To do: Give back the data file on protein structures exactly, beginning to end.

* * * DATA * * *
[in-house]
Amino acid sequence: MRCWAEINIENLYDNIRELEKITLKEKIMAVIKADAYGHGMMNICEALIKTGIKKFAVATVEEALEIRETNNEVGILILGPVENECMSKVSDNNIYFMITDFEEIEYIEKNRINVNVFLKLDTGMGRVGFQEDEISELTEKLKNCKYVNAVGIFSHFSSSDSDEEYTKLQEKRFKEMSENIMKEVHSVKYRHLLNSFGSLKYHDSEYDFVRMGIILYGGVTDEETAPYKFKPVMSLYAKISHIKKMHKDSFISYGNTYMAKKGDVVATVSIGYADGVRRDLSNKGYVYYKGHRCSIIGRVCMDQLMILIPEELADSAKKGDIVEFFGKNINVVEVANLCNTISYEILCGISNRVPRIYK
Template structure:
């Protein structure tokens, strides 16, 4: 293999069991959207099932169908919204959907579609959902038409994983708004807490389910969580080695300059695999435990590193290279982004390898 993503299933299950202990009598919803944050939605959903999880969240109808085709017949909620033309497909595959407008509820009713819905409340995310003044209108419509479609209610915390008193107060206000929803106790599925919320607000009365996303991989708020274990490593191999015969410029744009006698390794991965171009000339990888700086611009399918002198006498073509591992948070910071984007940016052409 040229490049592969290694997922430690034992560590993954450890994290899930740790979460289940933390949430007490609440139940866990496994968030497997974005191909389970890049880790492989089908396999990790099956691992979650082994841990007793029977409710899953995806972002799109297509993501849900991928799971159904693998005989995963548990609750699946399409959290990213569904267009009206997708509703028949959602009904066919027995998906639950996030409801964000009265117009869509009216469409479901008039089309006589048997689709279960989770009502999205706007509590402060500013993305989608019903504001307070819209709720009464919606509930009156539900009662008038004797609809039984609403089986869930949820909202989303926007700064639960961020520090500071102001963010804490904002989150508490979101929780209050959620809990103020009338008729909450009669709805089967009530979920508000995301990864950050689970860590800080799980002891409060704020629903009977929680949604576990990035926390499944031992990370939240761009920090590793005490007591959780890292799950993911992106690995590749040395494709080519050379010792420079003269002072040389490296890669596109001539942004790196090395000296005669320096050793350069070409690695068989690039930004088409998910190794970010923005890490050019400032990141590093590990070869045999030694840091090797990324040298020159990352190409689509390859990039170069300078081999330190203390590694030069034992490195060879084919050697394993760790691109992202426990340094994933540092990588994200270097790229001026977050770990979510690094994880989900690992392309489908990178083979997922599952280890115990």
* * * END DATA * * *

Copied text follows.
[in-house]
Amino acid sequence: MRCWAEINIENLYDNIRELEKITLKEKIMAVIKADAYGHGMMNICEALIKTGIKKFAVATVEEALEIRETNNEVGILILGPVENECMSKVSDNNIYFMITDFEEIEYIEKNRINVNVFLKLDTGMGRVGFQEDEISELTEKLKNCKYVNAVGIFSHFSSSDSDEEYTKLQEKRFKEMSENIMKEVHSVKYRHLLNSFGSLKYHDSEYDFVRMGIILYGGVTDEETAPYKFKPVMSLYAKISHIKKMHKDSFISYGNTYMAKKGDVVATVSIGYADGVRRDLSNKGYVYYKGHRCSIIGRVCMDQLMILIPEELADSAKKGDIVEFFGKNINVVEVANLCNTISYEILCGISNRVPRIYK
Template structure:
């Protein structure tokens, strides 16, 4: 293999069991959207099932169908919204959907579609959902038409994983708004807490389910969580080695300059695999435990590193290279982004390898 993503299933299950202990009598919803944050939605959903999880969240109808085709017949909620033309497909595959407008509820009713819905409340995310003044209108419509479609209610915390008193107060206000929803106790599925919320607000009365996303991989708020274990490593191999015969410029744009006698390794991965171009000339990888700086611009399918002198006498073509591992948070910071984007940016052409 040229490049592969290694997922430690034992560590993954450890994290899930740790979460289940933390949430007490609440139940866990496994968030497997974005191909389970890049880790492989089908396999990790099956691992979650082994841990007793029977409710899953995806972002799109297509993501849900991928799971159904693998005989995963548990609750699946399409959290990213569904267009009206997708509703028949959602009904066919027995998906639950996030409801964000009265117009869509009216469409479901008039089309006589048997689709279960989770009502999205706007509590402060500013993305989608019903504001307070819209709720009464919606509930009156539900009662008038004797609809039984609403089986869930949820909202989303926007700064639960961020520090500071102001963010804490904002989150508490979101929780209050959620809990103020009338008729909450009669709805089967009530979920508000995301990864950050689970860590800080799980002891409060704020629903009977929680949604576990990035926390499944031992990370939240761009920090590793005490007591959780890292799950993911992106690995590749040395494709080519050379010792420079003269002072040389490296890669596109001539942004790196090395000296005669320096050793350069070409690695068989690039930004088409998910190794970010923005890490050019400032990141590093590990070869045999030694840091090797990324040298020159990352190409689509390859990039170069300078081999330190203390590694030069034992490195060879084919050697394993760790691109992202426990340094994933540092990588994200270097790229001026977050770990979510690094994880989900690992392309489908990178083979997922599952280890115990």